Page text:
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BATTLE OF THE BALTIC.-Campbell. OF Nelson and the North, Sing the glorious day's renown, When to battle fierce came forth All the might of Denmark's crown, And her arms along the deep proudly shone ; By each gun the lighted brand, In a bold determined hand, And the Prince of all the land Led them on.Like leviathans afloat, Lay their bulwarks on the brine ; While the sign of battle flew On the lofty British line : It was ten of April morn by the chime : As they drifted on their path, There was silence deep as death ; And the boldest held his breath, For a time.But the might of England flush'd To anticipate the scene; And her van the fleeter rush'd O’er the deadly space between. 'Hearts of oak! our captains cried; when each gun From its adamantine lips Spread a death-shade round the ships, Like the hurricane eclipse Of the sun. Again ! again ! again ! And the havoc did not slack, Till a feeble cheer the Dane To our cheering sent us back ;Their shots along the deep slowly boom : Then ceased--and all is wail, As they strike the shatter'd sail ; Or, in conflagration pale, Light the gloom.Out spoke the victor then, As he hail'd them o'er the wave;
“Ye are brothers ! ye are men !
Then Denmark bless'd our chief,
Now joy, Old England, raise !
Brave hearts ! to Britain's pride
* Captain Riou, justly styled by Lord Nelson the gallant and the good.
THE LOST DAY.-Mrs. L. H. Sigourney.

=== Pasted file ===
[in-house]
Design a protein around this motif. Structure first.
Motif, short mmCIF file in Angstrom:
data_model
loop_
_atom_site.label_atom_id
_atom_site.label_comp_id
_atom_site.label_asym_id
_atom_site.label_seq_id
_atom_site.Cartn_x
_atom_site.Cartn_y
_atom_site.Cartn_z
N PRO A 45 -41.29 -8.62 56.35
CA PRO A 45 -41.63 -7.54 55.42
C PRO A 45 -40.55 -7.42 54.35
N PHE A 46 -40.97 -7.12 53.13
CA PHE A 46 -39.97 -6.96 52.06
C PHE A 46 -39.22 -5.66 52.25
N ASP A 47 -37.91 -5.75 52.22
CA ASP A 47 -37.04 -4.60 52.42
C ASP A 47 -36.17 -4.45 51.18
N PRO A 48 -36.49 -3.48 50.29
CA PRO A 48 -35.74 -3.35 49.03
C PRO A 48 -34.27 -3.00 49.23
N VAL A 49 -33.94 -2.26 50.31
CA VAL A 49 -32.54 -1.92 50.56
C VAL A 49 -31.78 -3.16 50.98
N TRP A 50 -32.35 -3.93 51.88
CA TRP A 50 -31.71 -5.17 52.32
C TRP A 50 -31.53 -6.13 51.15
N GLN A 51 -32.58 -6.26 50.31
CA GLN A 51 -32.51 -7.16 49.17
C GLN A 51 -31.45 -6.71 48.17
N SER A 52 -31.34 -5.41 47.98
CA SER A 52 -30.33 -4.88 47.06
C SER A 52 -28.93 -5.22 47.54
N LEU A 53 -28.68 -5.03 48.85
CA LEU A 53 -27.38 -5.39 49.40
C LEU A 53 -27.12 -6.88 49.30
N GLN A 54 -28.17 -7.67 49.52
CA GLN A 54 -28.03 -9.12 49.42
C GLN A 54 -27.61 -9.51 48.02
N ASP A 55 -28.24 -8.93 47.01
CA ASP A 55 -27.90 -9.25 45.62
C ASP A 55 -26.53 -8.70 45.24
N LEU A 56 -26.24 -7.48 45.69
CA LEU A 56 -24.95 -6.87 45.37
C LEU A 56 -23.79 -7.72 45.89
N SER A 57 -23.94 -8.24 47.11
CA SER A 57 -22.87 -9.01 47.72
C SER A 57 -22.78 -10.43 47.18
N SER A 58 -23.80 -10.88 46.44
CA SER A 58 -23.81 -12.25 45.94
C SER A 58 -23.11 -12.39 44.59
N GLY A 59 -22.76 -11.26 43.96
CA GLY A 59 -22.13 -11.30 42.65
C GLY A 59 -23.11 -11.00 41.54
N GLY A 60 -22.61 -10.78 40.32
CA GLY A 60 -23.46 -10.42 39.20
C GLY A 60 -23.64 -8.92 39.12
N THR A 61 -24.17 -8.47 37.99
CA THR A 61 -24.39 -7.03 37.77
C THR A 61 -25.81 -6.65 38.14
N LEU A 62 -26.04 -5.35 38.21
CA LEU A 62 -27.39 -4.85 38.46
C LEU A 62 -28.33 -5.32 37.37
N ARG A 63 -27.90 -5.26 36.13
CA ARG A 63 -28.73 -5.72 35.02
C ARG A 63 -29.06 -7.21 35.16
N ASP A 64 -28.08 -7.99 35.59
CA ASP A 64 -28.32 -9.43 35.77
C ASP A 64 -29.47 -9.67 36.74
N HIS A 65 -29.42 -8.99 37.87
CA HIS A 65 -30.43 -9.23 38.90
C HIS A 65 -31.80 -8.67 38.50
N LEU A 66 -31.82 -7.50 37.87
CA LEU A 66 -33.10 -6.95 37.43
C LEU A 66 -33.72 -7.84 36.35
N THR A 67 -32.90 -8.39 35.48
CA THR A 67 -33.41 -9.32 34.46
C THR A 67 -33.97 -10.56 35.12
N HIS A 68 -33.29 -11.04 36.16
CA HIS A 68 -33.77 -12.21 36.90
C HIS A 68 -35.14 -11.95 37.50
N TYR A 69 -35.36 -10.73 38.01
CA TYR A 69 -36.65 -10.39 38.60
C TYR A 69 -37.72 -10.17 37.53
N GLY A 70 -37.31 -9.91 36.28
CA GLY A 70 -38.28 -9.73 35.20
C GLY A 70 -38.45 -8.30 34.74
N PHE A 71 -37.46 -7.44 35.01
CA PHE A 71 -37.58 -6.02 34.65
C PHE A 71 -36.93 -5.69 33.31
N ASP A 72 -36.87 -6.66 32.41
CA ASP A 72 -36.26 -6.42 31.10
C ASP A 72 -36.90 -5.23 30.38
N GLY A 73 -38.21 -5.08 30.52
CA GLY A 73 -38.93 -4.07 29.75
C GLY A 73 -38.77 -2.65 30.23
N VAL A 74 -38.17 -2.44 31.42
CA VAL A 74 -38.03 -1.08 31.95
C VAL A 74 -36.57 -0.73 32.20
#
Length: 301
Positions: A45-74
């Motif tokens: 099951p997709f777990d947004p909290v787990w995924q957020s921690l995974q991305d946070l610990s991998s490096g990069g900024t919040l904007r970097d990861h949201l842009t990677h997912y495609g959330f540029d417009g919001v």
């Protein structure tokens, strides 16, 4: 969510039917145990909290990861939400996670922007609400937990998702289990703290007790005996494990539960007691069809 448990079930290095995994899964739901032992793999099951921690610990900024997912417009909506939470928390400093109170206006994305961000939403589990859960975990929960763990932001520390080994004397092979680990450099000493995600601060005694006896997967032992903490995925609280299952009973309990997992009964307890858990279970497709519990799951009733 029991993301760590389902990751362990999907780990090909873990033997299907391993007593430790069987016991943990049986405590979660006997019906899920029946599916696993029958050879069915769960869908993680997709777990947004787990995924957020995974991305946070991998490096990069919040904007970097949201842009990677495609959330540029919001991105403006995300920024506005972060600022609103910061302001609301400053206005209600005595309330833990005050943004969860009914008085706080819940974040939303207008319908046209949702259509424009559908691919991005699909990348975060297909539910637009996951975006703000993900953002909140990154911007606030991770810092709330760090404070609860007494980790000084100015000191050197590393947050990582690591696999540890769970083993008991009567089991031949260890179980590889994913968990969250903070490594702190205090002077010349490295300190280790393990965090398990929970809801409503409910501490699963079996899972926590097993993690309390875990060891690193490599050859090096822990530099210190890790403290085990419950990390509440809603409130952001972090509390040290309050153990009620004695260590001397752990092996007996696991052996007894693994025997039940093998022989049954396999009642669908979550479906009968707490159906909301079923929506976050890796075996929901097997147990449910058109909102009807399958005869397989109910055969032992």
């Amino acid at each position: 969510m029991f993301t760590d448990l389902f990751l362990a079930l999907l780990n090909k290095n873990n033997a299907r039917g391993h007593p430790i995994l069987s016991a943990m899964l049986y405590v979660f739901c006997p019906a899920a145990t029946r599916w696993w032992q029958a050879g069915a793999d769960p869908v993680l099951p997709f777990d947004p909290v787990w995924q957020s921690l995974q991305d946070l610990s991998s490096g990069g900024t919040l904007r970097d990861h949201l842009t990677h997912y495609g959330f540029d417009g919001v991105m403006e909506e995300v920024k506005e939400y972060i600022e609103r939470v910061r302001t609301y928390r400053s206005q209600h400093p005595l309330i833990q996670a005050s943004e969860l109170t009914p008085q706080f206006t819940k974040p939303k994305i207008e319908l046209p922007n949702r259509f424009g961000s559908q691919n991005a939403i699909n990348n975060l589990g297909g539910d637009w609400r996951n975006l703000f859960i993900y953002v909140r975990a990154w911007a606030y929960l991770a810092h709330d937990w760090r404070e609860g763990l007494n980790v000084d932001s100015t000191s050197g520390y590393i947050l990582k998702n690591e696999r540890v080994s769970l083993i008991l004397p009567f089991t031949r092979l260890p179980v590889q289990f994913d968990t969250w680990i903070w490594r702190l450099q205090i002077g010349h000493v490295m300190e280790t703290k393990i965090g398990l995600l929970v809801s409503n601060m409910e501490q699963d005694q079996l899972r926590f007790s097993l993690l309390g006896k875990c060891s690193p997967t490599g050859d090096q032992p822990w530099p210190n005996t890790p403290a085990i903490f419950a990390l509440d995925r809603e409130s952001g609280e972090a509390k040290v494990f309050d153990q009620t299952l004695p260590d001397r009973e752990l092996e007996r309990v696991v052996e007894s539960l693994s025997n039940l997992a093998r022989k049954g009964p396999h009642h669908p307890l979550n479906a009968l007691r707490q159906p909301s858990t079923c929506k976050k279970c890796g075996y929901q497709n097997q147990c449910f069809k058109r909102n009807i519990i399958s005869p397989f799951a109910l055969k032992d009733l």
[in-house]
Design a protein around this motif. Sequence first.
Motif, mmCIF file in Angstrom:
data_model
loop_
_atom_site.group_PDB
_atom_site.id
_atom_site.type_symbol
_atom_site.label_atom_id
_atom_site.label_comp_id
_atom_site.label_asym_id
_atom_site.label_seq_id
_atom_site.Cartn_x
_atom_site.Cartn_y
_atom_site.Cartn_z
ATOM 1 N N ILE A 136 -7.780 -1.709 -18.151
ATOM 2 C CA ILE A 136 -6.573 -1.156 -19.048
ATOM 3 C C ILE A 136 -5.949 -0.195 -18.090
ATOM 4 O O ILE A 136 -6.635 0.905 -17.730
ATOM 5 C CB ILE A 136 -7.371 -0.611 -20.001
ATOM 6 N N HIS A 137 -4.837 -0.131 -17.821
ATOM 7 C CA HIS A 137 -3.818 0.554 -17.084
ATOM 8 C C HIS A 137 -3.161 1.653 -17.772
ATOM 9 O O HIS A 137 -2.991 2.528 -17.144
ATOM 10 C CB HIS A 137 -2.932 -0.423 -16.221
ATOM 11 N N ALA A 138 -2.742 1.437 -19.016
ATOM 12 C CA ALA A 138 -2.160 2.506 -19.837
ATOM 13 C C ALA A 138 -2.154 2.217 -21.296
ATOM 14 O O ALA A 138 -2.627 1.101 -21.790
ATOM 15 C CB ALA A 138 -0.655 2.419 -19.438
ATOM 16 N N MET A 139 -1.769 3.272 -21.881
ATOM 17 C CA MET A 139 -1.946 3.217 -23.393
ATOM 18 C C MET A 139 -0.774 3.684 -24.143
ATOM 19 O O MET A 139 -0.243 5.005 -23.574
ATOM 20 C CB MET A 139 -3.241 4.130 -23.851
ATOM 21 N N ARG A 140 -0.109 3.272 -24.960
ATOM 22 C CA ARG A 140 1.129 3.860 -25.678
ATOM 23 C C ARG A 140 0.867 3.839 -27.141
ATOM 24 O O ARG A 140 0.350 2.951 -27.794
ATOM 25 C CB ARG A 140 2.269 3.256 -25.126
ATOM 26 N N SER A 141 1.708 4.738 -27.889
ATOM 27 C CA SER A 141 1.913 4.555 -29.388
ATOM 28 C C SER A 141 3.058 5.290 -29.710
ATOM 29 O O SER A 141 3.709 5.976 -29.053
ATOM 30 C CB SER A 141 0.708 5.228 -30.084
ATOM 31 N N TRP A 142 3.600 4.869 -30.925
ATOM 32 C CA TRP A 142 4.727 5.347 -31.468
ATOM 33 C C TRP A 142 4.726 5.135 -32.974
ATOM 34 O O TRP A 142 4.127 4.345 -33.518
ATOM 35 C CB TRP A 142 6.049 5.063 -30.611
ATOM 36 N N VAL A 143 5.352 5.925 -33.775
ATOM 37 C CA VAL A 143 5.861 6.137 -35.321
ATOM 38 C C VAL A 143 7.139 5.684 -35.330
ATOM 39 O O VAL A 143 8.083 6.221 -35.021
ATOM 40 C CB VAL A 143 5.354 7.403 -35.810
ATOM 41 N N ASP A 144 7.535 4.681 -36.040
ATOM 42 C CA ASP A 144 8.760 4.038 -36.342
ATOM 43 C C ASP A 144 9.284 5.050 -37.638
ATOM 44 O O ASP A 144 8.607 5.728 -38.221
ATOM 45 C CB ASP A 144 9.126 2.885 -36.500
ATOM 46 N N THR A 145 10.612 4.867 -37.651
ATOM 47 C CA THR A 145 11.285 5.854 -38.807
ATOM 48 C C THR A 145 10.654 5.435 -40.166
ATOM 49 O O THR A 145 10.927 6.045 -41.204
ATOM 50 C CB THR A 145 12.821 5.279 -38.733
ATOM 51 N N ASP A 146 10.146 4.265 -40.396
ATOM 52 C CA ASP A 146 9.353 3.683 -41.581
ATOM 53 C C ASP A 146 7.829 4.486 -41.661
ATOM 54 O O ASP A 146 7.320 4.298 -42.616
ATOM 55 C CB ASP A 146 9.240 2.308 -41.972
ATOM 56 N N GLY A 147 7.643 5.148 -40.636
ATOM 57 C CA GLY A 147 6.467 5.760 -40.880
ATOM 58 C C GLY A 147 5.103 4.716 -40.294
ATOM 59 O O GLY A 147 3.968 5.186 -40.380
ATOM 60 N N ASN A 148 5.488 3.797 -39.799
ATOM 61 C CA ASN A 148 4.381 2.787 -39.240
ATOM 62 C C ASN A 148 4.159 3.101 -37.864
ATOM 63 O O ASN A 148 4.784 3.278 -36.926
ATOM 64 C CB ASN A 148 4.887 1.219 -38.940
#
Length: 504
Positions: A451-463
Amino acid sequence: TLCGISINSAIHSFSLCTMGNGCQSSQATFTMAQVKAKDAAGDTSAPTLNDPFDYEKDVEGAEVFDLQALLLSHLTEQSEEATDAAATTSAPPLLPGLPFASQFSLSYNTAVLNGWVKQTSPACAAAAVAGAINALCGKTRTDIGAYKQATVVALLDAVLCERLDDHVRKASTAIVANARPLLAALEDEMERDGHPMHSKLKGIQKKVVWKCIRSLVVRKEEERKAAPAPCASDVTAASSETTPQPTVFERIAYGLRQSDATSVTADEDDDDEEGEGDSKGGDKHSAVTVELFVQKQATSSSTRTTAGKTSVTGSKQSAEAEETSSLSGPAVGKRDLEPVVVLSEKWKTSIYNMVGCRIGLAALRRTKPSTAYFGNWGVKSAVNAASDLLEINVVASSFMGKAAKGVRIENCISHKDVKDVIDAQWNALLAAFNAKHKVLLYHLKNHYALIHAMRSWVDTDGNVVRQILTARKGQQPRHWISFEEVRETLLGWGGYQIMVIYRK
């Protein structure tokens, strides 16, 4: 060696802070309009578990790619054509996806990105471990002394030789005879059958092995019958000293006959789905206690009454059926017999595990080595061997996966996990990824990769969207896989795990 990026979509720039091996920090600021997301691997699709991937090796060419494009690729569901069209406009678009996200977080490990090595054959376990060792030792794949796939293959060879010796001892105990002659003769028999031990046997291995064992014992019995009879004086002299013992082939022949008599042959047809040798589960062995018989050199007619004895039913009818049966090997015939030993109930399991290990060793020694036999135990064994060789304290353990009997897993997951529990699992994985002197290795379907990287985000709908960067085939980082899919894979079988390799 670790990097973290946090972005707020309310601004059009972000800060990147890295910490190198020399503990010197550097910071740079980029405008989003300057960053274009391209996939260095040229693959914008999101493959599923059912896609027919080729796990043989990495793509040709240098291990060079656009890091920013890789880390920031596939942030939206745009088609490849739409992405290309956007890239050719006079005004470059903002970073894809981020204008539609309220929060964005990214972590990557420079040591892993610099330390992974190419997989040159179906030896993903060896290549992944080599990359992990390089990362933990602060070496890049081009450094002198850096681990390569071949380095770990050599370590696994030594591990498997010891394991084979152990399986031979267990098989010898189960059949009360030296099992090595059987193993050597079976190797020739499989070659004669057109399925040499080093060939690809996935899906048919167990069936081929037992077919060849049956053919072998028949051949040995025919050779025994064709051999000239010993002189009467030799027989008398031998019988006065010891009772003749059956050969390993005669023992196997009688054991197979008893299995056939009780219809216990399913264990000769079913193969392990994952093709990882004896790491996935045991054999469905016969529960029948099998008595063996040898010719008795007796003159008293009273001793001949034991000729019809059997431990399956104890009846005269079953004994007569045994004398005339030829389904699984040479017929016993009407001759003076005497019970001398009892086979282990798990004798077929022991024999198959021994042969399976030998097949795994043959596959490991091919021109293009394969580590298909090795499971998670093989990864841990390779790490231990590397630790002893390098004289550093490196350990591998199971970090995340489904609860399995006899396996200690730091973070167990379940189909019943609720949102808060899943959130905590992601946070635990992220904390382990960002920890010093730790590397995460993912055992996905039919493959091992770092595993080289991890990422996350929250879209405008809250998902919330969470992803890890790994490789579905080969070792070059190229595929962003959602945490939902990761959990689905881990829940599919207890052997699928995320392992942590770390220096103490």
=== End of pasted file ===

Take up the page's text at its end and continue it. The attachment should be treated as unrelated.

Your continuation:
LOST! lost ! lost!
A gem of countless price,
And graved in Paradise :
Large diamonds, clear and bright,
All changeful as the light.
In Fashion's mazes wind,
Leaving a string behind.
A golden harp to buy,
To deathless minstrelsy.
I feel all search is vain :
Can ne'er be mine again :
For till these heartstrings sever,
Is reft away for ever.
Like burning scroll have fled,
Who judgeth quick and dead ;
That man can ne'er repair,
O ENGLAND ! model to thy inward greatness,
ADVERSITY.-Shakspeare. SWEET are the uses of adversity ; Which, like the toad, ugly and venomous, Wears yet a precious jewel in his head : And this our life, exempt from public haunt, Finds tongues in trees, books in the running brooks, Sermons in stones, and good in everything.
A FOREST HYMN.-Bryant. THE groves were God's first temples. Ere man learned To hew the shaft, and lay the architrave, And spread the roof above them--ere he framed The lofty vault, to gather and roll back The sound of anthems; in the darkling wood, Amidst the cool and silence, he knelt down, And offered to the Mightiest solemn thanks And supplication. For his simple heart Might not resist the sacred influences That, from the stilly twilight of the place, And from the gray old trunks that, high in heaven, Mingled their mossy boughs, and from the sound Of the invisible breath that swayed at once All their green tops, stole over him, and bowed His spirit with the thought of boundless power And inaccessible Majesty. Ah, why Should
in the world's riper years, neglect God's ancient sanctuaries, and adore Only among the crowd, and under roofs That our frail hands have raised ? Let me, at least Here, in the shadow of this aged wood, Offer one hymn-thrice happy, if it find Acceptance in His ear. Father ! thy hand Hath reared these venerable columns; thou Didst weave this verdant roof. Thou didst look down Upon the naked earth, and, forthwith, rose All these fair ranks of trees. They, in thy sun, Budded, and shook their green leaves in thy breeze, And shot towards heaven. The century-living crow Whose birth was in their tops, grew old and died Among their branches, till at last they stood,
As now they stand, massy, and tall, and dark,